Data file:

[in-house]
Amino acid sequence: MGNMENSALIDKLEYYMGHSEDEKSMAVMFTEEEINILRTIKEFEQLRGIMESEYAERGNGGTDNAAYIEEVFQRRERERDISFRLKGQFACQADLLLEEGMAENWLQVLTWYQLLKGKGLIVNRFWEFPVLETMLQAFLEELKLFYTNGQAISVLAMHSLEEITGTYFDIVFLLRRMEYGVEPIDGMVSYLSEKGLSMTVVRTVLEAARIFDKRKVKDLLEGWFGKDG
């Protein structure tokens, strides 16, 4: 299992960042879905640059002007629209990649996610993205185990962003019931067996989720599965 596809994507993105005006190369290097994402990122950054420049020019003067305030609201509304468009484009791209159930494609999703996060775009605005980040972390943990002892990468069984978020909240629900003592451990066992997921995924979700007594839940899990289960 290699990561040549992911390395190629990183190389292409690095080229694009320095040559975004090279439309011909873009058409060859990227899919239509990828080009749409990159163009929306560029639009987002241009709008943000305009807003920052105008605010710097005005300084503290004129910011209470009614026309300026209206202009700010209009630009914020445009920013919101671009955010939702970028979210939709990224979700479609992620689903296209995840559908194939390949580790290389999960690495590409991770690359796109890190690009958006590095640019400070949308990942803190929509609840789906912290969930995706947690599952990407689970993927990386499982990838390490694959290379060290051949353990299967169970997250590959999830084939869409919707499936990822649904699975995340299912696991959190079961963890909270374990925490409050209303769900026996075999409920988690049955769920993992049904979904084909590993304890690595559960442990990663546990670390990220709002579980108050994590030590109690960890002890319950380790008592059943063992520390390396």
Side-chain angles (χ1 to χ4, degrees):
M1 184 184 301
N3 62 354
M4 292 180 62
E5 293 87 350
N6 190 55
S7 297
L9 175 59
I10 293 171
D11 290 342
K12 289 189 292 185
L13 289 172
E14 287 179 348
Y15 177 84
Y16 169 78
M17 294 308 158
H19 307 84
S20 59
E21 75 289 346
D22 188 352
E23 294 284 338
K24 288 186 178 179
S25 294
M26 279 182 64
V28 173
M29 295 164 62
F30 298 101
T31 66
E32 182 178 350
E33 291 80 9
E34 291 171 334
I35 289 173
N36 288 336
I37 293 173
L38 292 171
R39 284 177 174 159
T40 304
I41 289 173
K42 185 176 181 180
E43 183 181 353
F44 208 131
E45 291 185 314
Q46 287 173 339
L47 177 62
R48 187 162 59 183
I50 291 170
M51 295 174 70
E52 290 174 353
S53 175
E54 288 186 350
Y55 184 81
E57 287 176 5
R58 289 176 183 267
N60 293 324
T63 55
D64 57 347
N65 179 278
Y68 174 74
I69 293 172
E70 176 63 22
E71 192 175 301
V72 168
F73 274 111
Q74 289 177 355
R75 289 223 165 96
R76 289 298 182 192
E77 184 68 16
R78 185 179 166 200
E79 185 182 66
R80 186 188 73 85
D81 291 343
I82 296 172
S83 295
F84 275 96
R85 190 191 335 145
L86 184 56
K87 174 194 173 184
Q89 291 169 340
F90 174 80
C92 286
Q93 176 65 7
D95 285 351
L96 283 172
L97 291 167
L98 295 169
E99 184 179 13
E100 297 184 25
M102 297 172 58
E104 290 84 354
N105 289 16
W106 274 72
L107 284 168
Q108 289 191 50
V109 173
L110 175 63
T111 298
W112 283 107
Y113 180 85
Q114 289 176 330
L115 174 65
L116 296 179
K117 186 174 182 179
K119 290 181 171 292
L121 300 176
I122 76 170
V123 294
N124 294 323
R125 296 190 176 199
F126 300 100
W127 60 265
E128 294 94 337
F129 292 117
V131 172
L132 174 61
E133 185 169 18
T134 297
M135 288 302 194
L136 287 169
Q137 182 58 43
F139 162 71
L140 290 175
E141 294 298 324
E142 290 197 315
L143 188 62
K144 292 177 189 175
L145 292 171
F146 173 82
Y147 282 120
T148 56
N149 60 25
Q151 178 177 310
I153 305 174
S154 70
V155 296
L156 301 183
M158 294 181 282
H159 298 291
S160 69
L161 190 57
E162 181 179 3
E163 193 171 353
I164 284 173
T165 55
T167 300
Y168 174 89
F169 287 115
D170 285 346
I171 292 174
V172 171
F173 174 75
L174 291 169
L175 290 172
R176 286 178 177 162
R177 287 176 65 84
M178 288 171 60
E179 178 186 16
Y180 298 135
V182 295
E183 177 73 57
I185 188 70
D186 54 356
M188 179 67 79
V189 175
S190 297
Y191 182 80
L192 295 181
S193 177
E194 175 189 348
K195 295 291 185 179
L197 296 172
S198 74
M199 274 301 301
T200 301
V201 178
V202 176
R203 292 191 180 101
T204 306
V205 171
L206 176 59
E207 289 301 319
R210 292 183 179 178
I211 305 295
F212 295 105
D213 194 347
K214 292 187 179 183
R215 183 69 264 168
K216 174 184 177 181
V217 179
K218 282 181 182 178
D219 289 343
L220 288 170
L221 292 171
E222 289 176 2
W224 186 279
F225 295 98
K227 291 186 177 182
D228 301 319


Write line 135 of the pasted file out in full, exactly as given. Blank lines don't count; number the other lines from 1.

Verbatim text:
I153 305 174